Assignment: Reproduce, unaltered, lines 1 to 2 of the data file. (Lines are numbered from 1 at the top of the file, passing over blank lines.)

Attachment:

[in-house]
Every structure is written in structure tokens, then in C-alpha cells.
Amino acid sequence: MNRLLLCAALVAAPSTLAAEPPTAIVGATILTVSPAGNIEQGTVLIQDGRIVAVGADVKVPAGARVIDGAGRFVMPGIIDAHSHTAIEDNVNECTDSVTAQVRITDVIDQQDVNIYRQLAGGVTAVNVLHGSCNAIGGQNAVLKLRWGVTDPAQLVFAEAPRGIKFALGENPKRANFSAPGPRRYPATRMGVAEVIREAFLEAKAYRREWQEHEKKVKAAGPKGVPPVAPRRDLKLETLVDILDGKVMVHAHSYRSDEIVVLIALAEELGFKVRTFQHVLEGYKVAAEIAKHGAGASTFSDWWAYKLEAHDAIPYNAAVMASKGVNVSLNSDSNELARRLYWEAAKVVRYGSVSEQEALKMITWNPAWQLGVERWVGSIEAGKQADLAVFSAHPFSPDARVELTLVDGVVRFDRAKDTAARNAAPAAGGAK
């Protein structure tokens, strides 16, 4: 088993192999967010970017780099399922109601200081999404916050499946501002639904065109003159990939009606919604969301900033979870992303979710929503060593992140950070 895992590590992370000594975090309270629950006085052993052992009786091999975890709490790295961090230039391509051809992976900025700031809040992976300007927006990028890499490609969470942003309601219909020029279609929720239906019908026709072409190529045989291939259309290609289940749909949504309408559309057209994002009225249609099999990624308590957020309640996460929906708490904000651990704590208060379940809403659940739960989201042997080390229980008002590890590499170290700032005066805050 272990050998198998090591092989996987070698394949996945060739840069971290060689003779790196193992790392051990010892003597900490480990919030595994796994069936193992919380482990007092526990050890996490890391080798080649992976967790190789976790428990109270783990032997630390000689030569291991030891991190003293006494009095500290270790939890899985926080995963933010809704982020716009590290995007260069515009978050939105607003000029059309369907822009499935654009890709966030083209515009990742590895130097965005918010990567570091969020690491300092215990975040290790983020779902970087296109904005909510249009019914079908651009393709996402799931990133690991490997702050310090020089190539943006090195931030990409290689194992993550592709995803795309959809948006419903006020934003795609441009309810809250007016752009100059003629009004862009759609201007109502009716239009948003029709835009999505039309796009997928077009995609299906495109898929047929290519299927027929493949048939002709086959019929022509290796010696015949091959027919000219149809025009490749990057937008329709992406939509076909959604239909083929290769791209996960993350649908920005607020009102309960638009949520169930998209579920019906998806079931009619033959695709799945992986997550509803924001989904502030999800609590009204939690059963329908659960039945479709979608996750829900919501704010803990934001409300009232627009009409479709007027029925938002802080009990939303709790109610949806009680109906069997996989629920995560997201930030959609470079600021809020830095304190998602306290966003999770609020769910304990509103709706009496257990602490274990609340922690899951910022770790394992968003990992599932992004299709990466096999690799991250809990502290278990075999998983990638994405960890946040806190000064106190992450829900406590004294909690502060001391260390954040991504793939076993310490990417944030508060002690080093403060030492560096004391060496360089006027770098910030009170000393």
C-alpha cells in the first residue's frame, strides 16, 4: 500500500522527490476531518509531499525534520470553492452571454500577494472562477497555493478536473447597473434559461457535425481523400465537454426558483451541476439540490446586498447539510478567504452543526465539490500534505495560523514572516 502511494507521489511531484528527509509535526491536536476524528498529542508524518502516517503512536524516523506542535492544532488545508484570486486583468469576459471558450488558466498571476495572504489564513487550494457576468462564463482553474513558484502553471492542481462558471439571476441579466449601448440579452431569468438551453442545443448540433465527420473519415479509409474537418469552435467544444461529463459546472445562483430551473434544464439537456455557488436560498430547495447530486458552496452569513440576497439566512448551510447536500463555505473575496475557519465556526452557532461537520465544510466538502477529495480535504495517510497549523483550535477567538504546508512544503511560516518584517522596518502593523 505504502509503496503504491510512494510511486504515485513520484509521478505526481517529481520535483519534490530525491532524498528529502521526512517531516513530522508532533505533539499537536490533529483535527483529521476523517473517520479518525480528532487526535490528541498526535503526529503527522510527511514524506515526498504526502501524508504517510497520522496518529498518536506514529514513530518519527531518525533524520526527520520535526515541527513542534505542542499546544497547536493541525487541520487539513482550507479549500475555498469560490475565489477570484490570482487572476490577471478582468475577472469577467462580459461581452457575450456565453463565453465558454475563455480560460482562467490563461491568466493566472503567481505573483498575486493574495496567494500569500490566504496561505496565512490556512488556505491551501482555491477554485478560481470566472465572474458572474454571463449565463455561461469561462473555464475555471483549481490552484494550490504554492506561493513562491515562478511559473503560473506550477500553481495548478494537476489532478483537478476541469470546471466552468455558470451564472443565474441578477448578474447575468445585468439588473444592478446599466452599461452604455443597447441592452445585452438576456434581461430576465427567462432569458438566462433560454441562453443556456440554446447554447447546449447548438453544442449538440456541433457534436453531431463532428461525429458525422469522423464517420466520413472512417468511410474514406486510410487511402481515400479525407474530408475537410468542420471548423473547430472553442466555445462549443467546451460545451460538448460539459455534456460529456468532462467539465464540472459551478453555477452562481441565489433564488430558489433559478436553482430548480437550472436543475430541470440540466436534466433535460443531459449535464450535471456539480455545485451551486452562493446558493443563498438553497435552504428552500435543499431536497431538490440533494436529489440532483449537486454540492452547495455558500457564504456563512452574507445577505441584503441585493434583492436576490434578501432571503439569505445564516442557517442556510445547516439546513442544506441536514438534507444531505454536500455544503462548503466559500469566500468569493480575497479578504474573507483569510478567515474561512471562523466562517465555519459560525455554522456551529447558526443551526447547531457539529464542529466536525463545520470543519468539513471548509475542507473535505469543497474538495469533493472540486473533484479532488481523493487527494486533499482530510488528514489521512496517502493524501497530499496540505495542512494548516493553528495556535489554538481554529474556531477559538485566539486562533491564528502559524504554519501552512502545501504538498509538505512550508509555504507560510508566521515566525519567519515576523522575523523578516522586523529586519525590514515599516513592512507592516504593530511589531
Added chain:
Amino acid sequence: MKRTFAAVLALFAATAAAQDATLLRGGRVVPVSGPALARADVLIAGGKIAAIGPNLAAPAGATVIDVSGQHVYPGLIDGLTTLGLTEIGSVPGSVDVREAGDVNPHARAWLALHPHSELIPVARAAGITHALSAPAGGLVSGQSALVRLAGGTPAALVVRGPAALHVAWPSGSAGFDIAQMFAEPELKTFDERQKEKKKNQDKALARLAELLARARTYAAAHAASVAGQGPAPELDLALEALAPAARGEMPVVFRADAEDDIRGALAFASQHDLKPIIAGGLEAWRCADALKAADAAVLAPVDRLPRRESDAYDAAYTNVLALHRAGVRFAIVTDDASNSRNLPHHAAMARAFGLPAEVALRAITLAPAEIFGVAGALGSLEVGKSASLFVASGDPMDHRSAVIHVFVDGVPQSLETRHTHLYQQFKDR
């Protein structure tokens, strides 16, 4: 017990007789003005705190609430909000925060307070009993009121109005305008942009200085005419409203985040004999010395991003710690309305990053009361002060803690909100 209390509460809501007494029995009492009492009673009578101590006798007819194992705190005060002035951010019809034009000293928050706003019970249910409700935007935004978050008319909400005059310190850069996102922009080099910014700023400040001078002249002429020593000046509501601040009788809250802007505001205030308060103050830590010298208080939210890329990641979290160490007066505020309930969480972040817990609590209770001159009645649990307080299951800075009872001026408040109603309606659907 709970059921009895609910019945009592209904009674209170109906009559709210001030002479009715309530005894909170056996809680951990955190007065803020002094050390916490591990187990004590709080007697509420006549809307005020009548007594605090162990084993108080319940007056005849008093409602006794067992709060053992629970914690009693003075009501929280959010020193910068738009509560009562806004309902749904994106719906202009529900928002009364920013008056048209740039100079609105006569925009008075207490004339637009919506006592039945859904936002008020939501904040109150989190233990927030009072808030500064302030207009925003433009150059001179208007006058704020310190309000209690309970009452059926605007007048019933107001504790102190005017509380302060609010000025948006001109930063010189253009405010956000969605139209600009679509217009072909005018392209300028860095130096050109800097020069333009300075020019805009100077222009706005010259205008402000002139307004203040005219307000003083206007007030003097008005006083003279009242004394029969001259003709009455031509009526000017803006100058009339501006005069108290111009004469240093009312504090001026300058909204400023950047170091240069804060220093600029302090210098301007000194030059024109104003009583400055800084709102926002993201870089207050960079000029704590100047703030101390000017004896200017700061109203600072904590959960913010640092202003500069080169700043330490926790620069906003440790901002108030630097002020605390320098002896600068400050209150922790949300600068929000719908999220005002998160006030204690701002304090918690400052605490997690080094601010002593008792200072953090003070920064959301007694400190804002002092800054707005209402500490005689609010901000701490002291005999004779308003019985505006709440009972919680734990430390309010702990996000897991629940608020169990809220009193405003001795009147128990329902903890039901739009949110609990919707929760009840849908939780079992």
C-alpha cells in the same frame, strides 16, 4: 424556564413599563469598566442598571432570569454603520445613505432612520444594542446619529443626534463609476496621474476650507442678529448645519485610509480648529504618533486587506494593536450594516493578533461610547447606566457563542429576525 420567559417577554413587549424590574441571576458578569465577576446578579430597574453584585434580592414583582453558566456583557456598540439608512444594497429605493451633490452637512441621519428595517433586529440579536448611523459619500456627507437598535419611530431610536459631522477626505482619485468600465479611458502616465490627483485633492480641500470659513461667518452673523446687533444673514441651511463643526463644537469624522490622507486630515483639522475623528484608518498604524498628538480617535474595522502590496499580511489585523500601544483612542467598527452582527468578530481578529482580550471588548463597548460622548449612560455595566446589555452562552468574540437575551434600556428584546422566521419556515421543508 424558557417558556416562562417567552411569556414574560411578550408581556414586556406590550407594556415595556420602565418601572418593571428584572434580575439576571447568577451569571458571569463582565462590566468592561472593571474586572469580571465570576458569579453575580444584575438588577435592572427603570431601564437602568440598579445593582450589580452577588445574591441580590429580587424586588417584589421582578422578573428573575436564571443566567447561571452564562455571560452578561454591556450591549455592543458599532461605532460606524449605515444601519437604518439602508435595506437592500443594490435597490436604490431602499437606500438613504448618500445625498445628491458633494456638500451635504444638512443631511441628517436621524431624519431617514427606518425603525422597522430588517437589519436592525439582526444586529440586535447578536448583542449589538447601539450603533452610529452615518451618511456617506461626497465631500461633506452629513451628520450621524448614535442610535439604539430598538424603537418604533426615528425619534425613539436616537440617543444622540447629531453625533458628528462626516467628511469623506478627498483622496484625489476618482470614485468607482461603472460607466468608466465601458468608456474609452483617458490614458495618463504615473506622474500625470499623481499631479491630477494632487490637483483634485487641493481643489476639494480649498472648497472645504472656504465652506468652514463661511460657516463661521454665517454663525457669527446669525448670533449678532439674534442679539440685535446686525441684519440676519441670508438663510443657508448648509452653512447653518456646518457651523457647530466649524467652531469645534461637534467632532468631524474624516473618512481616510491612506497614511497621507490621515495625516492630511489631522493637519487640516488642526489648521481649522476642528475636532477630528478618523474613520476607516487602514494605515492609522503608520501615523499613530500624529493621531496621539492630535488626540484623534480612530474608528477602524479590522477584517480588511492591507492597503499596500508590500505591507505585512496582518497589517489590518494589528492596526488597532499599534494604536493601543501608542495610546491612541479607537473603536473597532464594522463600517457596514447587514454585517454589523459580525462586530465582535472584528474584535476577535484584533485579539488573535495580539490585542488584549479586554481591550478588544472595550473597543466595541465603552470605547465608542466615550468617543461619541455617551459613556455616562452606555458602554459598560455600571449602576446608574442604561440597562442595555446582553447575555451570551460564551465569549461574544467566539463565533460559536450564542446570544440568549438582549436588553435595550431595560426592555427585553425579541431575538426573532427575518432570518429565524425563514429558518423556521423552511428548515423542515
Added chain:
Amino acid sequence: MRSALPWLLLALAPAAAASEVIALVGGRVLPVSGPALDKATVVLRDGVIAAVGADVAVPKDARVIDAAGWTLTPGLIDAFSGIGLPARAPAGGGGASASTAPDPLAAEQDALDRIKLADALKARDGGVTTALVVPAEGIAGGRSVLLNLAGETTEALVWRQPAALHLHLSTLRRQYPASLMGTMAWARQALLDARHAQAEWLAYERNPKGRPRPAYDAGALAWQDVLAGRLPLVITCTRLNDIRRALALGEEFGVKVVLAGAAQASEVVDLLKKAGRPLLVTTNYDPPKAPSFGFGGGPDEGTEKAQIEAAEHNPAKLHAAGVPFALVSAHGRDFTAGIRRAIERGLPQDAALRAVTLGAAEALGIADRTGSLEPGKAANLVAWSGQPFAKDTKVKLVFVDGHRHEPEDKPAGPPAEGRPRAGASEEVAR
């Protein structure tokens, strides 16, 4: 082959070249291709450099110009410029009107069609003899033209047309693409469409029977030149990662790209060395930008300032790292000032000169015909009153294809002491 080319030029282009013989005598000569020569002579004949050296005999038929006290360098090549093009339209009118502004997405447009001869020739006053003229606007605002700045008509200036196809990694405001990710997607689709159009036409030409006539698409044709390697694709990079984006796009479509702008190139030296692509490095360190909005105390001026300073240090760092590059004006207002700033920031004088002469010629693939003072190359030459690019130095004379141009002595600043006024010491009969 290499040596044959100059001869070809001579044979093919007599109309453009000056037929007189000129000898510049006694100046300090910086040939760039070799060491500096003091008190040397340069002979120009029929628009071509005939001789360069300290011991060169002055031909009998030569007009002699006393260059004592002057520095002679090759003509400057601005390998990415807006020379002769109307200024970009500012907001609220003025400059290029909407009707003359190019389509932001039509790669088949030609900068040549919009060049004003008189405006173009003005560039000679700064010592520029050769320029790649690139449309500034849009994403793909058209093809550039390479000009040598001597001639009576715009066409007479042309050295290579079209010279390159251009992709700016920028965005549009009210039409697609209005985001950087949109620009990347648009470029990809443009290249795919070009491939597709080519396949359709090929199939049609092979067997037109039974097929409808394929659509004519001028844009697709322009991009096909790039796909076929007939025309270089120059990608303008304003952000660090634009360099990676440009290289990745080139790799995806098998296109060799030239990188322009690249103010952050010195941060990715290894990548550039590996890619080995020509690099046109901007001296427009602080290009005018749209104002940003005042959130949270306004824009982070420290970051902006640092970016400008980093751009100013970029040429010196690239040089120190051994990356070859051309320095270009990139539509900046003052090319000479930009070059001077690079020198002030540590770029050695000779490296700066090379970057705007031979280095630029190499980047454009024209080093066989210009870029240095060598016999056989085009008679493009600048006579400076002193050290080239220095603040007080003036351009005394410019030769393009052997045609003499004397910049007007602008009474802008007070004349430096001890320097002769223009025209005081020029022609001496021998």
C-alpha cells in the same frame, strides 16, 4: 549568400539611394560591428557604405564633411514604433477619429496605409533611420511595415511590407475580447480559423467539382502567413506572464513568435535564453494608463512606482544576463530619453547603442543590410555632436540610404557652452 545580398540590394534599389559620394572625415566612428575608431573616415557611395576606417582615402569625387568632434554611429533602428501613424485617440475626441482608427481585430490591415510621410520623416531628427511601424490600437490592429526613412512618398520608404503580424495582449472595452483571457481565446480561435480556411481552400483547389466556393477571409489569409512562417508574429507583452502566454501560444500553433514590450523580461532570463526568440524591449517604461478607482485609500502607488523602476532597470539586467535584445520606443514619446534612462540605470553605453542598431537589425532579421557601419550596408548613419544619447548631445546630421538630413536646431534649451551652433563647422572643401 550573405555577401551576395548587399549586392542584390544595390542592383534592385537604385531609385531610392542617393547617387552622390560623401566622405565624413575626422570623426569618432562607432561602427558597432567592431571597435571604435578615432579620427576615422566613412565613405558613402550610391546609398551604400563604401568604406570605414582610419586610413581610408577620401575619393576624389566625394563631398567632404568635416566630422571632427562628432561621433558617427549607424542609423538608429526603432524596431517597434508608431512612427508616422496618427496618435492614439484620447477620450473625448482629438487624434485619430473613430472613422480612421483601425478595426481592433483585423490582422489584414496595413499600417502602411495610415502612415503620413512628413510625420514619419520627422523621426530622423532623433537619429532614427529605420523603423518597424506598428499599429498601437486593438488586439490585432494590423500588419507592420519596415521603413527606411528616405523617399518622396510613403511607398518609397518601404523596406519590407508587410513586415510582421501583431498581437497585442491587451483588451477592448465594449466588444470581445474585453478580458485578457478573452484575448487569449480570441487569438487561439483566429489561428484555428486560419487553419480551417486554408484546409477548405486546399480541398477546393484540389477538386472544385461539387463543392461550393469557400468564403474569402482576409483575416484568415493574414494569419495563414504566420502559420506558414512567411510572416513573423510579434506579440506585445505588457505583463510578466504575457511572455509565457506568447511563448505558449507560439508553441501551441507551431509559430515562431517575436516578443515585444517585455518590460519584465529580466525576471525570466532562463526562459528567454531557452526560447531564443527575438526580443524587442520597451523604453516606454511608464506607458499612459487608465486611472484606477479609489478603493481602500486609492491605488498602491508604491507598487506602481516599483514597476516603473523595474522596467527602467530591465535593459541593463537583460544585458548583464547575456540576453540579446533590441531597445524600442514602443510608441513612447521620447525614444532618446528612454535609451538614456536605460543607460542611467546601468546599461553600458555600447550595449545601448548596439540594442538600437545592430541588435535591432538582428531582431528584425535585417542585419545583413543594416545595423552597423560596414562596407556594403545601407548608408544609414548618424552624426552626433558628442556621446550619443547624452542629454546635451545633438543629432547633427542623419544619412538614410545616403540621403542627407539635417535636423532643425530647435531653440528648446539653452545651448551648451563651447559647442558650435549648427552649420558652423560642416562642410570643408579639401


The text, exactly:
[in-house]
Every structure is written in structure tokens, then in C-alpha cells.